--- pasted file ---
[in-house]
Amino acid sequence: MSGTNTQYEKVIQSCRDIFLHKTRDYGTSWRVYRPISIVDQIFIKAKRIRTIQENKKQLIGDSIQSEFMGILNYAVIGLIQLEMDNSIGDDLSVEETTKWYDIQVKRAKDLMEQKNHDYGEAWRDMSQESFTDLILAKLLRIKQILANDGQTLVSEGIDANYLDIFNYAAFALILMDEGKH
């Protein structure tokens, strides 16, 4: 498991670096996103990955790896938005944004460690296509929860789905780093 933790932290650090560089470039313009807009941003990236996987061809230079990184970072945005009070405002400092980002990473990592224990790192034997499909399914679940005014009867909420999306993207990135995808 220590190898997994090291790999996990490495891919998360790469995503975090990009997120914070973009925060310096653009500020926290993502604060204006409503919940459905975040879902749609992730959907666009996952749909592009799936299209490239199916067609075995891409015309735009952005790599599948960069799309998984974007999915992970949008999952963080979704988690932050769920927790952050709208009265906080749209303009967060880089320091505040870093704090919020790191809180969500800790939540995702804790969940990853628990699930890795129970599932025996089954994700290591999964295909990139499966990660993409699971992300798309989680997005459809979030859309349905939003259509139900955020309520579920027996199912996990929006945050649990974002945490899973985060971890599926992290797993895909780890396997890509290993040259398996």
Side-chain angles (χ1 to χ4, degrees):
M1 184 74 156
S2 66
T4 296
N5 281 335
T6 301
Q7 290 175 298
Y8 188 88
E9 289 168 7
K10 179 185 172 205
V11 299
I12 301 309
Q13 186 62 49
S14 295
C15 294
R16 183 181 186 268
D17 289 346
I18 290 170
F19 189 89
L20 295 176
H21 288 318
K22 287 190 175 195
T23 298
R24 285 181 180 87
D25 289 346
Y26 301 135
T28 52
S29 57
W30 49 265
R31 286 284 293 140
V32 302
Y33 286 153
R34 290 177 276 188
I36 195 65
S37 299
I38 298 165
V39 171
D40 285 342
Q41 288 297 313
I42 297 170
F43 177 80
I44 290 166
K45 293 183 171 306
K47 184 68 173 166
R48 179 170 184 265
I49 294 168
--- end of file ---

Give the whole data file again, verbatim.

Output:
[in-house]
Amino acid sequence: MSGTNTQYEKVIQSCRDIFLHKTRDYGTSWRVYRPISIVDQIFIKAKRIRTIQENKKQLIGDSIQSEFMGILNYAVIGLIQLEMDNSIGDDLSVEETTKWYDIQVKRAKDLMEQKNHDYGEAWRDMSQESFTDLILAKLLRIKQILANDGQTLVSEGIDANYLDIFNYAAFALILMDEGKH
């Protein structure tokens, strides 16, 4: 498991670096996103990955790896938005944004460690296509929860789905780093 933790932290650090560089470039313009807009941003990236996987061809230079990184970072945005009070405002400092980002990473990592224990790192034997499909399914679940005014009867909420999306993207990135995808 220590190898997994090291790999996990490495891919998360790469995503975090990009997120914070973009925060310096653009500020926290993502604060204006409503919940459905975040879902749609992730959907666009996952749909592009799936299209490239199916067609075995891409015309735009952005790599599948960069799309998984974007999915992970949008999952963080979704988690932050769920927790952050709208009265906080749209303009967060880089320091505040870093704090919020790191809180969500800790939540995702804790969940990853628990699930890795129970599932025996089954994700290591999964295909990139499966990660993409699971992300798309989680997005459809979030859309349905939003259509139900955020309520579920027996199912996990929006945050649990974002945490899973985060971890599926992290797993895909780890396997890509290993040259398996």
Side-chain angles (χ1 to χ4, degrees):
M1 184 74 156
S2 66
T4 296
N5 281 335
T6 301
Q7 290 175 298
Y8 188 88
E9 289 168 7
K10 179 185 172 205
V11 299
I12 301 309
Q13 186 62 49
S14 295
C15 294
R16 183 181 186 268
D17 289 346
I18 290 170
F19 189 89
L20 295 176
H21 288 318
K22 287 190 175 195
T23 298
R24 285 181 180 87
D25 289 346
Y26 301 135
T28 52
S29 57
W30 49 265
R31 286 284 293 140
V32 302
Y33 286 153
R34 290 177 276 188
I36 195 65
S37 299
I38 298 165
V39 171
D40 285 342
Q41 288 297 313
I42 297 170
F43 177 80
I44 290 166
K45 293 183 171 306
K47 184 68 173 166
R48 179 170 184 265
I49 294 168